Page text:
CAER Factsheet - Demonstration of a Beneficiation Technology for Texaco Gasifier Slag [PDF]
Slag-Based Lightweight Aggregates (SLA)
In 1996, a DOE study investigated lightweight and ultra-lightweight aggregates (LWA, ULWA) with densities between 15 and 50 lb/standard cubic feet (scf). The project also attempted to use all size components of the slag, including fines (the smallest bits) through binding with clay.
As discussed above and on the general page on slag byproduct utilization, slag is composed of two general parts: carbon-rich char and glassy, siliceous frit. For aggregate purposes, the presence of char is detrimental, so the char is removed. Rather than wasting it, the recovered char was upgraded from 50 to 70% carbon (by ash removal), which is suitable for use in kilns or a fluidized bed fuel. Specifically, it could substitute for 50% of rotary kiln fuel or 80% of the fuel in a fluidized bed.
The use of slag as aggregate for building and other purposes was tested according to American Society for Testing and Materials (ASTM) standards.
- Three materials were tested for use as roof tiling material: expanded slag, a 50/50 slag-clay extruded pellet mix, and a commercial, lightweight-aggregate as a control. Aggregate and cement were mixed with five parts aggregate to two parts cement and then commercial accelerator and super-plasticizer were added. At 2,800 psi and over seven days, the compressive strength of the slag aggregate was 83% as strong as the control. In addition, its density of 93 lb/scf was 87% of the control and, if necessary, sand could be added to increase both strength and weight. The 50/50 slag-and-clay mix was similar to the 100% slag test specimen.
- Insulating Concrete
SLA was then tried as an insulating concrete. It was found to have a density of 51 lb/scf and seven-day strength of 175 psi, but work is still in progress. In addition, SLA as a loose fill insulating material is being investigated.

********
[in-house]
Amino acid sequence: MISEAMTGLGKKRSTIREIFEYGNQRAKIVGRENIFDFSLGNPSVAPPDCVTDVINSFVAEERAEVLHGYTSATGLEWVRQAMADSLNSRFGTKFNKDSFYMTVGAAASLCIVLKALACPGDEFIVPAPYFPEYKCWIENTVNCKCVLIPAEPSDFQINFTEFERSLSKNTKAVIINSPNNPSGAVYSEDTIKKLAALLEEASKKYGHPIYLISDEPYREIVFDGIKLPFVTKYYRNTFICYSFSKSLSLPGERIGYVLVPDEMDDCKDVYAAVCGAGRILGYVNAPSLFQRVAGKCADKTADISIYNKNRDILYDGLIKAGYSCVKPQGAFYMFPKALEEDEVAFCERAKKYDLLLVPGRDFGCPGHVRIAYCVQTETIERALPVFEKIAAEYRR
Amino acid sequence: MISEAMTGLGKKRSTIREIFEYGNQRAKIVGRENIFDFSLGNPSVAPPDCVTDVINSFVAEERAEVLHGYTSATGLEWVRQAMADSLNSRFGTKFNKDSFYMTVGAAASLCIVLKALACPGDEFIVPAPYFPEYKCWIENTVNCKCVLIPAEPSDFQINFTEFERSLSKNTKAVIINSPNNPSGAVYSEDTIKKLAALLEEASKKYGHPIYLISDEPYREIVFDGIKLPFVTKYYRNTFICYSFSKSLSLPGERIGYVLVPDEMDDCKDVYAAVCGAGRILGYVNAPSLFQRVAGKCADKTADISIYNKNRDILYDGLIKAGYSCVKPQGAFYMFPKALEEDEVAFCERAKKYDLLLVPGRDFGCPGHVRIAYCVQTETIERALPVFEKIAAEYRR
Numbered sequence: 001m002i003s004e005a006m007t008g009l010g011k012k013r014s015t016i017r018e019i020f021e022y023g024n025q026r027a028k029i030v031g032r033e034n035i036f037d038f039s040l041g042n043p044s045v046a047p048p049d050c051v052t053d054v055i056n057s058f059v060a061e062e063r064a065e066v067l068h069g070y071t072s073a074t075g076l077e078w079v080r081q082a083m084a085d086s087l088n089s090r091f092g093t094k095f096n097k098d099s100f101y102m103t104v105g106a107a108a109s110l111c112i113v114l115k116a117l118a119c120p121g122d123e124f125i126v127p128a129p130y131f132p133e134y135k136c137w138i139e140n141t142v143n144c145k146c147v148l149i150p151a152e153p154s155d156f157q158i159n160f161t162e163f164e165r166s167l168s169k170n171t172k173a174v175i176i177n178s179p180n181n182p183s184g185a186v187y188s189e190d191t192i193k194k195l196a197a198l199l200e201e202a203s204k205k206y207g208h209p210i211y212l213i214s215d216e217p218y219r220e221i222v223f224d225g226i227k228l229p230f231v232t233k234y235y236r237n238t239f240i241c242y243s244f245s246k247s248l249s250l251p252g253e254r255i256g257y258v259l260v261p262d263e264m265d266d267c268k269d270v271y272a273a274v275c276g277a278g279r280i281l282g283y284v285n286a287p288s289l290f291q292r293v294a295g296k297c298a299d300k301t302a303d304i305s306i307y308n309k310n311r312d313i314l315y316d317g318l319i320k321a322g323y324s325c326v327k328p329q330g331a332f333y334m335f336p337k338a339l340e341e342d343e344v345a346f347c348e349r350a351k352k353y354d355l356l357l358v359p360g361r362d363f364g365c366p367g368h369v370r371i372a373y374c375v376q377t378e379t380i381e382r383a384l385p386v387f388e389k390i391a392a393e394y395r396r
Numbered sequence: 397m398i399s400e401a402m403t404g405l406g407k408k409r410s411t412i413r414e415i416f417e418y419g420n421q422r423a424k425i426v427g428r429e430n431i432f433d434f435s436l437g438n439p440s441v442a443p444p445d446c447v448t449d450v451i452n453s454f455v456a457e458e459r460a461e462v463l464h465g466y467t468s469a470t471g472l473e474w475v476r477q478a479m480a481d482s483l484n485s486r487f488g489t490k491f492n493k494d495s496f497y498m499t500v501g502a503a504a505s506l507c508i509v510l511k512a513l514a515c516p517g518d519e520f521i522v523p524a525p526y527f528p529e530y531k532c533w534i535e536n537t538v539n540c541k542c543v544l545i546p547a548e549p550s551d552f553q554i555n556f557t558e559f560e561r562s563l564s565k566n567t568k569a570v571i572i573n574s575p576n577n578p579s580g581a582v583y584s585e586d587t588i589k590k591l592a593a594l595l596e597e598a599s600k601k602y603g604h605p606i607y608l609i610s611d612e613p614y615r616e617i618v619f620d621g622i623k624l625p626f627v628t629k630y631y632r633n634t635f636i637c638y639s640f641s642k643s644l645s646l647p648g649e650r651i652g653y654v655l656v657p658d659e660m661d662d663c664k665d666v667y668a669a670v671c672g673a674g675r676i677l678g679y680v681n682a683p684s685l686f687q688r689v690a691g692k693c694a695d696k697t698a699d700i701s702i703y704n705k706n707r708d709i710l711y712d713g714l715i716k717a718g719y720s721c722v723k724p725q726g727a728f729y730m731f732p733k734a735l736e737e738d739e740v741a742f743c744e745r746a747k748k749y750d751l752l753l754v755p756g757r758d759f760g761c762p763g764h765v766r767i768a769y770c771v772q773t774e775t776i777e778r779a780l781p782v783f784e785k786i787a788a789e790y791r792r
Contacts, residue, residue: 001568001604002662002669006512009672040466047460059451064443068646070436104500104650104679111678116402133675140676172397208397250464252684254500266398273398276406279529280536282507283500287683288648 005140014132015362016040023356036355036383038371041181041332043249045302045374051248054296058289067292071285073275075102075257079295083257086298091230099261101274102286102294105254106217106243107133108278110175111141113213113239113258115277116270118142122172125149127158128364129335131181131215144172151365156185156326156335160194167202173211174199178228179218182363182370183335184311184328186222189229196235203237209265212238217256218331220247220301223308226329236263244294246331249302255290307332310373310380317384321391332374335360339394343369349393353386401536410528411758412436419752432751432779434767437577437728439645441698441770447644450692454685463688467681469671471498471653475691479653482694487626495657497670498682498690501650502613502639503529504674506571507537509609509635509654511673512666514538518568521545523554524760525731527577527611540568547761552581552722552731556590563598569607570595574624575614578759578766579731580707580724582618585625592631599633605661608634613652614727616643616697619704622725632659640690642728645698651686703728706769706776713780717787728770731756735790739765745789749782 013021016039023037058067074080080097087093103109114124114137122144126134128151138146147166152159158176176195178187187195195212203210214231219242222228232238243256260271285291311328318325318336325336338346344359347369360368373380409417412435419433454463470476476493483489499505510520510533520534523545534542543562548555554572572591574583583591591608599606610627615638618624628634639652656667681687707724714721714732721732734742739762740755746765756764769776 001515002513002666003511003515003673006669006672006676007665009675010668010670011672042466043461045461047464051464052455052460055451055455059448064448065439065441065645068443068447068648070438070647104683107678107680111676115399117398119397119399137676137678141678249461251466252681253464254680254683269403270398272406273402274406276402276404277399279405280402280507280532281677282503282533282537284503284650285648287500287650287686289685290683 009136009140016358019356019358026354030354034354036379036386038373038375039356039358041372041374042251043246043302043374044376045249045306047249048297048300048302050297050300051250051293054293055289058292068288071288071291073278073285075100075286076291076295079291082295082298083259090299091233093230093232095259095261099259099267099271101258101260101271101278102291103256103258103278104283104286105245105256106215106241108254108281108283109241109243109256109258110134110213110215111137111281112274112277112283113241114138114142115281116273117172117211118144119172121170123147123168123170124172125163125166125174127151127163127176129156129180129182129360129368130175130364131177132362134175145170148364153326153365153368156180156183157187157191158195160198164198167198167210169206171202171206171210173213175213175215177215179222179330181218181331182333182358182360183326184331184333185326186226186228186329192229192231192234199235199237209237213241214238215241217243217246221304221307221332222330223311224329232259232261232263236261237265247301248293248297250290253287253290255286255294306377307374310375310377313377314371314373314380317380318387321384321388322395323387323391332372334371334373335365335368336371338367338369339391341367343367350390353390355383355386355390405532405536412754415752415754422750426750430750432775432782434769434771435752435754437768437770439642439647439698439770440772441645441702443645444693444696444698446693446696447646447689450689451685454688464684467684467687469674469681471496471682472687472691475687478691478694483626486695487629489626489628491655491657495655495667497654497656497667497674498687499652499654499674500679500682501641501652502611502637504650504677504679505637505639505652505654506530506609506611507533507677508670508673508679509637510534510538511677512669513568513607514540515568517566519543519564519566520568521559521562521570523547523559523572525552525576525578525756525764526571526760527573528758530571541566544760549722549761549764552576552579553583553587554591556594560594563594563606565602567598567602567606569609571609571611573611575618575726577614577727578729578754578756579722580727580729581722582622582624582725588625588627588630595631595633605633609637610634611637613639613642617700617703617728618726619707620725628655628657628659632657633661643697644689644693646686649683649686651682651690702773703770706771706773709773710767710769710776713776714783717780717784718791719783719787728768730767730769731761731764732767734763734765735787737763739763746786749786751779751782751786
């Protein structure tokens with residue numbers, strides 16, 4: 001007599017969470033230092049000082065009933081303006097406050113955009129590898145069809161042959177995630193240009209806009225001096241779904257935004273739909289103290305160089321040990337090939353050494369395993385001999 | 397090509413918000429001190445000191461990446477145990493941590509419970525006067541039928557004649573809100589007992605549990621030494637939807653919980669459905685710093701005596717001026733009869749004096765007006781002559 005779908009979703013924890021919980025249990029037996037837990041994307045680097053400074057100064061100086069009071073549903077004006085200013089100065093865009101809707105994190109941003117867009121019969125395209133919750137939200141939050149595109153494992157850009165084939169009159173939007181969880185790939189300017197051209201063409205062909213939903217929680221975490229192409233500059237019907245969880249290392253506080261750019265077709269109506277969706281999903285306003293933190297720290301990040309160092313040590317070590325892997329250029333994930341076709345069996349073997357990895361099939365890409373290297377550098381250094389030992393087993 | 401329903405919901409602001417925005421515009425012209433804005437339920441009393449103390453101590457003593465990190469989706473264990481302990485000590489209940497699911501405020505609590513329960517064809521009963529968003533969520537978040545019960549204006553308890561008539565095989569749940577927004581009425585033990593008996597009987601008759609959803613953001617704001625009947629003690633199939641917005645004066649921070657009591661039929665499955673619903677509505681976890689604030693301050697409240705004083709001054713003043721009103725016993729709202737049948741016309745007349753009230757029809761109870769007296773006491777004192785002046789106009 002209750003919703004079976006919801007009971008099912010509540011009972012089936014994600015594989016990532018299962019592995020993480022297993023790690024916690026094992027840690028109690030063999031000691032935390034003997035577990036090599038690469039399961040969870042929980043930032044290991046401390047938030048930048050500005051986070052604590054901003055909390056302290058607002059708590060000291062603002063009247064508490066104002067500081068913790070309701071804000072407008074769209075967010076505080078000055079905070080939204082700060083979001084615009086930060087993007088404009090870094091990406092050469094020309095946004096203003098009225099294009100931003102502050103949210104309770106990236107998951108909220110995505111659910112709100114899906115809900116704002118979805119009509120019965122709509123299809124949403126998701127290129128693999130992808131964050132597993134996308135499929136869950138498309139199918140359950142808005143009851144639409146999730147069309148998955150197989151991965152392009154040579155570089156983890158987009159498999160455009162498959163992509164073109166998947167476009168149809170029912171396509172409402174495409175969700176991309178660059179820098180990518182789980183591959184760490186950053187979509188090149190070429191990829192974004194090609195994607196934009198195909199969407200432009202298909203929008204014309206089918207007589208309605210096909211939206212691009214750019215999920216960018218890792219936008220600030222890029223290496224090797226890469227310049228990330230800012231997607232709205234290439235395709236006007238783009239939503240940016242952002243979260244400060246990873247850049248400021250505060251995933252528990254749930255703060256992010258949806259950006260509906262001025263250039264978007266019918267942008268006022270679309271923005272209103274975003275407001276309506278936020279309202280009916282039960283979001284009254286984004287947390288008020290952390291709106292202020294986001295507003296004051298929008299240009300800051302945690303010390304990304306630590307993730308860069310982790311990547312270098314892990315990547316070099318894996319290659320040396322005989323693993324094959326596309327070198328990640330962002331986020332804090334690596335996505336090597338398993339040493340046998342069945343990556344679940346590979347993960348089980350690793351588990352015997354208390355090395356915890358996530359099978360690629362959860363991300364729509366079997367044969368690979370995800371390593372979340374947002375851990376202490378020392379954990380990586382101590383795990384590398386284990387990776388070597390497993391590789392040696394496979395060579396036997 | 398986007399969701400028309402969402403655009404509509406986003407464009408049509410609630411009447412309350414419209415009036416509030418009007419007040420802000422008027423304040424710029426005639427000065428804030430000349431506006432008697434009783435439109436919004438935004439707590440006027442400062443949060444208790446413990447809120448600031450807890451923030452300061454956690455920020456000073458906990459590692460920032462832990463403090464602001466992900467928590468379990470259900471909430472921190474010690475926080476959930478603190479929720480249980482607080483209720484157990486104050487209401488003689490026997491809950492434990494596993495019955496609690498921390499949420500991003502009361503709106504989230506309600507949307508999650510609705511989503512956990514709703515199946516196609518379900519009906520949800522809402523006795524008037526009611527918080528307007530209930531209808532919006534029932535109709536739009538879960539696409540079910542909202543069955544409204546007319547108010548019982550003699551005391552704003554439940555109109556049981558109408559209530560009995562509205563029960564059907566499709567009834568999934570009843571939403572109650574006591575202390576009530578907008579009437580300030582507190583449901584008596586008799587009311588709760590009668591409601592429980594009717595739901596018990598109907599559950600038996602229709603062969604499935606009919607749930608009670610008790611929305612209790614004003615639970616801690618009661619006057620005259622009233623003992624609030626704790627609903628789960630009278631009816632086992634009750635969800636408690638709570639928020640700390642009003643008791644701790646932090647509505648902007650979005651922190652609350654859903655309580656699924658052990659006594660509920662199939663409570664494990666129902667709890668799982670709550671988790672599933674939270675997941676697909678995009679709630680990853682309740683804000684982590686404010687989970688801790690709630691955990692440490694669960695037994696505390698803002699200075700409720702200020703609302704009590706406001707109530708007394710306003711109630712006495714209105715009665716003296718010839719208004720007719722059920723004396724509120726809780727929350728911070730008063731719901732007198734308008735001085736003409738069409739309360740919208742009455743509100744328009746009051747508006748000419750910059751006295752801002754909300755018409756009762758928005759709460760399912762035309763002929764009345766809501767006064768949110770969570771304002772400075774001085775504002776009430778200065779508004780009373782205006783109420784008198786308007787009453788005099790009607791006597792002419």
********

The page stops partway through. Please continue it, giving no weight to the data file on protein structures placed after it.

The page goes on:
The test study concluded that SLA can be produced with densities between 20 and 50 lb/scf using two different methods: rotary kiln and fluidized bed expansion. These products meet weight requirements for almost all lightweight and some ultra-lightweight aggregate uses. SLA also has some advantages:
- No mining costs to obtain the slag (as the coal would have been mined regardless)
- Energy savings, as the temperature for SLA creation is less than that for traditional clays and shales
- Recovered char can provide between 50 and 80% of the fuel required for slag expansion depending on whether a kiln or fluidized bed is used
- Slag can be used by itself or mixed with expansible clay, allowing for the use of slag fines. This could also allow slag to be used as a substitute for clays and shales in existing lightweight aggregate plants
Rotary Kiln Expansion
A direct-fired rotary kiln was used to lower the slag density—by expansion—for slag-based lightweight aggregate applications. After separating the slag into various size fractions, the coarse fraction (1/4” x 50-mesh) was fired as discrete particles. Density was able to be varied between 30 and 50 lb/scf by temperature control and could be lowered below 20 lb/scf but particle fusion became an issue. At a temperature of 1,450-1,500ºC, plus 10-mesh slag was expanded to densities of 20-30 lb/scf. These temperatures are 300-400ºF lower than typical temperatures for expanding clays and shales, which translates to significant savings in energy.
The slag fines are difficult to expand as is, so experiments were performed using a clay binder. Binding with clay was successful, as the clay was able to be blended with the slag fines for expansion. Minus 50-mesh slag was mixed with a 20-50% (by weight) expandable clay binder. The mix was then extruded and pelletized, where the size of the aggregate can be controlled by the extrusion process. Using a larger proportion of slag results in lower pellet moisture, which affects overall fuel requirements; more slag means less fuel costs.
The firing temperature for representative samples (80/20 and 50/50 slag-clay blends) ranges from 1,800-1,900ºF. This temperature is higher than slag by itself but lower than clay alone. In addition, there was no sign of fusion with any of the mixtures up to 2,000ºF. These expanded mixtures had densities between 27 and 33 lb/scf and the temperatures required were nearly 200ºF lower than that for clay, which again saves energy.
Fluidized Bed Expansion
Various slag sizes were expanded as discrete particles to produce lightweight aggregates with densities between 18 and 26 lb/scf. Again using the extruded slag/clay pellets from minus 50-mesh fines, the pellets were granulated to 20-mesh aggregates for use in block and roof tile applications. These slag/clay aggregates had a minimum density of 30 lb/scf.